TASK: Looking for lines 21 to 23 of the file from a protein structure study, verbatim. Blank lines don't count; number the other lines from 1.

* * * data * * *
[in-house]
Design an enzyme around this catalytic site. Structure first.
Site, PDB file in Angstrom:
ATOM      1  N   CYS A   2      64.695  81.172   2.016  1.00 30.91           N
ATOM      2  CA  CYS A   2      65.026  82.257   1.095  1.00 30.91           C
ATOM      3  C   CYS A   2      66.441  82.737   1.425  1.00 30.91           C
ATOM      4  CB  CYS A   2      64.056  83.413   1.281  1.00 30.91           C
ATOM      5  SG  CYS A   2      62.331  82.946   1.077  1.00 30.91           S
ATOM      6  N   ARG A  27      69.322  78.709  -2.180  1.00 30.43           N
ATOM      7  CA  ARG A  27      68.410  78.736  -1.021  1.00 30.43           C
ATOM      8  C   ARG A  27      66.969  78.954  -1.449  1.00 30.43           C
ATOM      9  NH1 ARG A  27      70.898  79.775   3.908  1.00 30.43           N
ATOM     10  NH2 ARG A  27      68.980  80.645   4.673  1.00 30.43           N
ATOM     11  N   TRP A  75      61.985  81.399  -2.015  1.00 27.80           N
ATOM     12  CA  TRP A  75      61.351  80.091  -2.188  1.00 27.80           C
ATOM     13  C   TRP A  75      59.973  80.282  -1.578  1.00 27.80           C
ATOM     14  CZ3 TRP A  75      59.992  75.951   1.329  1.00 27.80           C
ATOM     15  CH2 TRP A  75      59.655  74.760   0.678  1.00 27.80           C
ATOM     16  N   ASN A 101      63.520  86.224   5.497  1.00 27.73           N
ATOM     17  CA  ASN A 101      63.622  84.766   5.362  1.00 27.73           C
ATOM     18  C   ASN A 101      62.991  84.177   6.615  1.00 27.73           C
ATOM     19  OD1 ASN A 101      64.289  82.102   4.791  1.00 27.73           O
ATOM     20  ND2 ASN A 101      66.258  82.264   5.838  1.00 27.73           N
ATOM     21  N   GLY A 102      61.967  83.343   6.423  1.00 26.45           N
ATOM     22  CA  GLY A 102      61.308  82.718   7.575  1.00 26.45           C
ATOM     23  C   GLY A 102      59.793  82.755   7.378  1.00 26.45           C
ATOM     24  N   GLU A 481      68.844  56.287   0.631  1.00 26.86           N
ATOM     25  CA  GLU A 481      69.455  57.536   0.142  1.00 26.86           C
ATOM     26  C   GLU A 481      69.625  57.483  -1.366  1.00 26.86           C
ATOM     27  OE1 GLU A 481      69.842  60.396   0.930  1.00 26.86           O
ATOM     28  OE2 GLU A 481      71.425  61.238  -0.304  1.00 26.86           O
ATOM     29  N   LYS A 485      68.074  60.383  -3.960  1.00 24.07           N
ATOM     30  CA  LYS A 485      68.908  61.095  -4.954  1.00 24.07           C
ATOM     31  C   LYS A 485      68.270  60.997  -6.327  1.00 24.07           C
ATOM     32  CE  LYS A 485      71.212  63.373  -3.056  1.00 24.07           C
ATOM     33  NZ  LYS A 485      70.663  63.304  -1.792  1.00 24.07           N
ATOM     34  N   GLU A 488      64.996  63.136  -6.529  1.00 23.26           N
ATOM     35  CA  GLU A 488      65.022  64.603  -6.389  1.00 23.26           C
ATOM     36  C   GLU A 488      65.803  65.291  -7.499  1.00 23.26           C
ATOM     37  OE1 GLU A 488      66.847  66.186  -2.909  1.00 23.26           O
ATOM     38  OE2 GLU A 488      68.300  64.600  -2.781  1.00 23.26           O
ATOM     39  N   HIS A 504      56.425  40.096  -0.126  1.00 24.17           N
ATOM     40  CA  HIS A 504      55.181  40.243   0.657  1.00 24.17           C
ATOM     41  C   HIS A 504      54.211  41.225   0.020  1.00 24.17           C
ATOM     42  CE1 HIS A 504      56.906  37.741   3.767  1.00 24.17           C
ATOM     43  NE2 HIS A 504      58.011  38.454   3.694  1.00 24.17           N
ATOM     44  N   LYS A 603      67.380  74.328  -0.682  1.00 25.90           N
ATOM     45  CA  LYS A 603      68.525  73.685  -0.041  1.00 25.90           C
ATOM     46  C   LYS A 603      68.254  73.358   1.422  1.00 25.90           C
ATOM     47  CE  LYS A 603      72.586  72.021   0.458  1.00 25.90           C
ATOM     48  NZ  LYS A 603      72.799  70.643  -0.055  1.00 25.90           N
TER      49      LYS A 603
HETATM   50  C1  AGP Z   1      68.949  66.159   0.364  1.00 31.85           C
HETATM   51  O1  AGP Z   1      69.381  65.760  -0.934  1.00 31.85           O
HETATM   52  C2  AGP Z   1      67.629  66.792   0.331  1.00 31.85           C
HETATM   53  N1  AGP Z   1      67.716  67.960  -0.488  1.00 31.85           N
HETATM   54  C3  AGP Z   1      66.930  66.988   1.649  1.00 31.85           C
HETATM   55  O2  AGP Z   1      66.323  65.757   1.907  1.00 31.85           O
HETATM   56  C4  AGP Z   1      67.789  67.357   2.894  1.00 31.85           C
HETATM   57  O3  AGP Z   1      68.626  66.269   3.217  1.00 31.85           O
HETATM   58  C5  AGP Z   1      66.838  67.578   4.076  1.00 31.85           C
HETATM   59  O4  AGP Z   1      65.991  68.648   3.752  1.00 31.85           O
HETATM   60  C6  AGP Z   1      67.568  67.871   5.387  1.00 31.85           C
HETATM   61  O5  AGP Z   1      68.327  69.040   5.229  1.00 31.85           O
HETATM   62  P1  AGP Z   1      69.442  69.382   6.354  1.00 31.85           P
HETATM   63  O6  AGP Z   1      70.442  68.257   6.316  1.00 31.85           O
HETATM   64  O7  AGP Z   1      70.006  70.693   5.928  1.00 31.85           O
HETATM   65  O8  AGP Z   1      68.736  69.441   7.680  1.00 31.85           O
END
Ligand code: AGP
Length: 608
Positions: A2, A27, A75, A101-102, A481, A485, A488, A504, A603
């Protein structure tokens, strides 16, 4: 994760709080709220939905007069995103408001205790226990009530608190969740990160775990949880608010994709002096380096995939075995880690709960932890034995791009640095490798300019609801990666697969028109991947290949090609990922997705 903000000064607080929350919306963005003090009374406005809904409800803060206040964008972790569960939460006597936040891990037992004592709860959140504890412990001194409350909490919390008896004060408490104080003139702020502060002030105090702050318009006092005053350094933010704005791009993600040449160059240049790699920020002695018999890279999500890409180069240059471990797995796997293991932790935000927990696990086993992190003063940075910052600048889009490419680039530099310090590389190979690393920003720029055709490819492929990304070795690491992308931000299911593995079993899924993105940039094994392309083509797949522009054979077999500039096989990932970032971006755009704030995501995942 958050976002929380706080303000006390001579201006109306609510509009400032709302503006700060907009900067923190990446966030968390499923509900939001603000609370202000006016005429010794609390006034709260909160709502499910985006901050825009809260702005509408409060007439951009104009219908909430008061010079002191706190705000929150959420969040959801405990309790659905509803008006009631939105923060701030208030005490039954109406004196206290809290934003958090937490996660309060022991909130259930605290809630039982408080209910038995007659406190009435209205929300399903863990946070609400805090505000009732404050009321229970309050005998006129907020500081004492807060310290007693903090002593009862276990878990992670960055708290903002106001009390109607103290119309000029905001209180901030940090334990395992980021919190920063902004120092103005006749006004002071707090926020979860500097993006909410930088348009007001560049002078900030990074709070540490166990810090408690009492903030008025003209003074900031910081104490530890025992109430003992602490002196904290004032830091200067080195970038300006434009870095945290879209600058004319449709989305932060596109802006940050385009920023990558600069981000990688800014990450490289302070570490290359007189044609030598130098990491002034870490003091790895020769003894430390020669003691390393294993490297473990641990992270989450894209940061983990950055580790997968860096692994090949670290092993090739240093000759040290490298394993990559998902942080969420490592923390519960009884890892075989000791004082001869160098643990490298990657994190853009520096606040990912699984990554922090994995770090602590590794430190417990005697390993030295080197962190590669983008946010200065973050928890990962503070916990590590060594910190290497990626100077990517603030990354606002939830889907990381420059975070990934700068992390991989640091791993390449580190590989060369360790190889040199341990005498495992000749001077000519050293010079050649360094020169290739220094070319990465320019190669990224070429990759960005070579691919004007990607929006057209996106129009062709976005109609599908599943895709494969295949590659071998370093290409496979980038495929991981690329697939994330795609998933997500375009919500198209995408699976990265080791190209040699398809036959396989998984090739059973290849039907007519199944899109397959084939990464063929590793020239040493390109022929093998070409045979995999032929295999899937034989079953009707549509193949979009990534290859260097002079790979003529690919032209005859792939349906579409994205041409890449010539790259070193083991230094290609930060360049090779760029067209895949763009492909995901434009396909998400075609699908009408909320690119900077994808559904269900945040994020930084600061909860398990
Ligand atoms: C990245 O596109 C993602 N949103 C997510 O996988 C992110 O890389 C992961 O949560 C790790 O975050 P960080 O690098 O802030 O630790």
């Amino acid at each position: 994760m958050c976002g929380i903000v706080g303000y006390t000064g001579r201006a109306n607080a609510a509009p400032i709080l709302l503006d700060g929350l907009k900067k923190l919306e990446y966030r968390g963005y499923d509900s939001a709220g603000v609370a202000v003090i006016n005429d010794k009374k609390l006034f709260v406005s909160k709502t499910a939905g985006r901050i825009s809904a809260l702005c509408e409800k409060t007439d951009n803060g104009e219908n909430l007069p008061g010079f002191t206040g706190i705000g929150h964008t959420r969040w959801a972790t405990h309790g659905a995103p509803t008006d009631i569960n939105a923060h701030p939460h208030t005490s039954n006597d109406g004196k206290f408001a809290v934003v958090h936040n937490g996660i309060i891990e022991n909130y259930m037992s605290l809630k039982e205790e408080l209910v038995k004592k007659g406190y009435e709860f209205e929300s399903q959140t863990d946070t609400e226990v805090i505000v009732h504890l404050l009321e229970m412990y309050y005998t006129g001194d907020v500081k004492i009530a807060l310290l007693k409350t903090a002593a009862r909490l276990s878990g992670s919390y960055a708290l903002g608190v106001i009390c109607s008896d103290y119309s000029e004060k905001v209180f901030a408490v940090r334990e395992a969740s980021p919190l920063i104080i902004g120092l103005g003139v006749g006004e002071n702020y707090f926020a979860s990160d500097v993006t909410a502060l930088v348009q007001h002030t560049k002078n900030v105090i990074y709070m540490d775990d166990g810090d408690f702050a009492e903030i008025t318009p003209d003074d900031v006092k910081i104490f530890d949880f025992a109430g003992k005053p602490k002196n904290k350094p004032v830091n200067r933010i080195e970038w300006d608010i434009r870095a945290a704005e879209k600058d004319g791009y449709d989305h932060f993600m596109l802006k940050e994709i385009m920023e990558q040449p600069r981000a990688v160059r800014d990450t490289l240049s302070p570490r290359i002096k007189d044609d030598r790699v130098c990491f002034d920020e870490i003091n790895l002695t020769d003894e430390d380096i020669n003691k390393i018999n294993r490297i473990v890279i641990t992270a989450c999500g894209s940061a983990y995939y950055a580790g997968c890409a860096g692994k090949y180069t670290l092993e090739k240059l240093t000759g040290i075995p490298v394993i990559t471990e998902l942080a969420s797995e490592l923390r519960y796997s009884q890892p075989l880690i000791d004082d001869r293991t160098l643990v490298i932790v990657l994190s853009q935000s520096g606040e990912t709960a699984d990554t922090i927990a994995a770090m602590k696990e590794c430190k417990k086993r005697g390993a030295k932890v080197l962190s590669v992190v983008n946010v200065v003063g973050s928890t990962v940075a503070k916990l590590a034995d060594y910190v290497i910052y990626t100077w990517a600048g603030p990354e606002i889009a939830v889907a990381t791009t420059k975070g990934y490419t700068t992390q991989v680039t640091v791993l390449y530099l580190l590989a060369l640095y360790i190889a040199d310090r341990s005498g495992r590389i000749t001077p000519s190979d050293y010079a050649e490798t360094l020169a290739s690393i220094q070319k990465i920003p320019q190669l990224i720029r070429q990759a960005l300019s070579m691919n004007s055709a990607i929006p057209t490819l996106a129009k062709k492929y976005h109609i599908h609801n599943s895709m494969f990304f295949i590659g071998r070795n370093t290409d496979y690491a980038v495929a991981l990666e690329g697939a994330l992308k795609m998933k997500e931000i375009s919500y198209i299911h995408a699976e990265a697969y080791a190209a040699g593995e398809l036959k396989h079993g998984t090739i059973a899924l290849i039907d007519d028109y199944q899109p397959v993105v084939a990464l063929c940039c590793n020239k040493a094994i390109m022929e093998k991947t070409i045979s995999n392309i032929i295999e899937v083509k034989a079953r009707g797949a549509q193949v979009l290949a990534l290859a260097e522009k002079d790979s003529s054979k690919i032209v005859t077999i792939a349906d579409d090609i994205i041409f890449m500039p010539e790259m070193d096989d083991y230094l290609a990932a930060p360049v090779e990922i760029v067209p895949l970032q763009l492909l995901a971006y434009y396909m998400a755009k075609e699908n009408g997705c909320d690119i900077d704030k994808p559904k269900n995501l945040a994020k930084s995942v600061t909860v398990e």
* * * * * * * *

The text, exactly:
ATOM     18  C   ASN A 101      62.991  84.177   6.615  1.00 27.73           C
ATOM     19  OD1 ASN A 101      64.289  82.102   4.791  1.00 27.73           O
ATOM     20  ND2 ASN A 101      66.258  82.264   5.838  1.00 27.73           N